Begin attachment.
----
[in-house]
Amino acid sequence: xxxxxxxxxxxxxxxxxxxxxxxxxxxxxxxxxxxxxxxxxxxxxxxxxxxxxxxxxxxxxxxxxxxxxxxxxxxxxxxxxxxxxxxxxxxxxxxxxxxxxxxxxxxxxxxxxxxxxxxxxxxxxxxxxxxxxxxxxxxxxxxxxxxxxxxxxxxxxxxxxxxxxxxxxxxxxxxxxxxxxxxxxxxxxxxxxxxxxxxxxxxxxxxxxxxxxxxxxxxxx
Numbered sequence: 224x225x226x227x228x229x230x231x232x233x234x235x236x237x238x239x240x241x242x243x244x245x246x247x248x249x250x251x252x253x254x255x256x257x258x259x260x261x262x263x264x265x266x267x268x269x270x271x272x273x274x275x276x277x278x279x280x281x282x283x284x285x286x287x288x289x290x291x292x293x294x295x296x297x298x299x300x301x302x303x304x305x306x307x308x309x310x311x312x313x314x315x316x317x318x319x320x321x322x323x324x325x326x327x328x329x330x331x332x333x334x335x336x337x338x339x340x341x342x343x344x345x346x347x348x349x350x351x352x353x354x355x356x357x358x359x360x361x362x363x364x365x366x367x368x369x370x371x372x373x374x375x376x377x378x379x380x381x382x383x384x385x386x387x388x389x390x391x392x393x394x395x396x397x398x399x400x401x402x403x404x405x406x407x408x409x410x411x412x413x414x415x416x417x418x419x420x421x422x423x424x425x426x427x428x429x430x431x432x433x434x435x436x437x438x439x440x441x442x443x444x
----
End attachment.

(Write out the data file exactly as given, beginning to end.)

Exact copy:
[in-house]
Amino acid sequence: xxxxxxxxxxxxxxxxxxxxxxxxxxxxxxxxxxxxxxxxxxxxxxxxxxxxxxxxxxxxxxxxxxxxxxxxxxxxxxxxxxxxxxxxxxxxxxxxxxxxxxxxxxxxxxxxxxxxxxxxxxxxxxxxxxxxxxxxxxxxxxxxxxxxxxxxxxxxxxxxxxxxxxxxxxxxxxxxxxxxxxxxxxxxxxxxxxxxxxxxxxxxxxxxxxxxxxxxxxxxx
Numbered sequence: 224x225x226x227x228x229x230x231x232x233x234x235x236x237x238x239x240x241x242x243x244x245x246x247x248x249x250x251x252x253x254x255x256x257x258x259x260x261x262x263x264x265x266x267x268x269x270x271x272x273x274x275x276x277x278x279x280x281x282x283x284x285x286x287x288x289x290x291x292x293x294x295x296x297x298x299x300x301x302x303x304x305x306x307x308x309x310x311x312x313x314x315x316x317x318x319x320x321x322x323x324x325x326x327x328x329x330x331x332x333x334x335x336x337x338x339x340x341x342x343x344x345x346x347x348x349x350x351x352x353x354x355x356x357x358x359x360x361x362x363x364x365x366x367x368x369x370x371x372x373x374x375x376x377x378x379x380x381x382x383x384x385x386x387x388x389x390x391x392x393x394x395x396x397x398x399x400x401x402x403x404x405x406x407x408x409x410x411x412x413x414x415x416x417x418x419x420x421x422x423x424x425x426x427x428x429x430x431x432x433x434x435x436x437x438x439x440x441x442x443x444x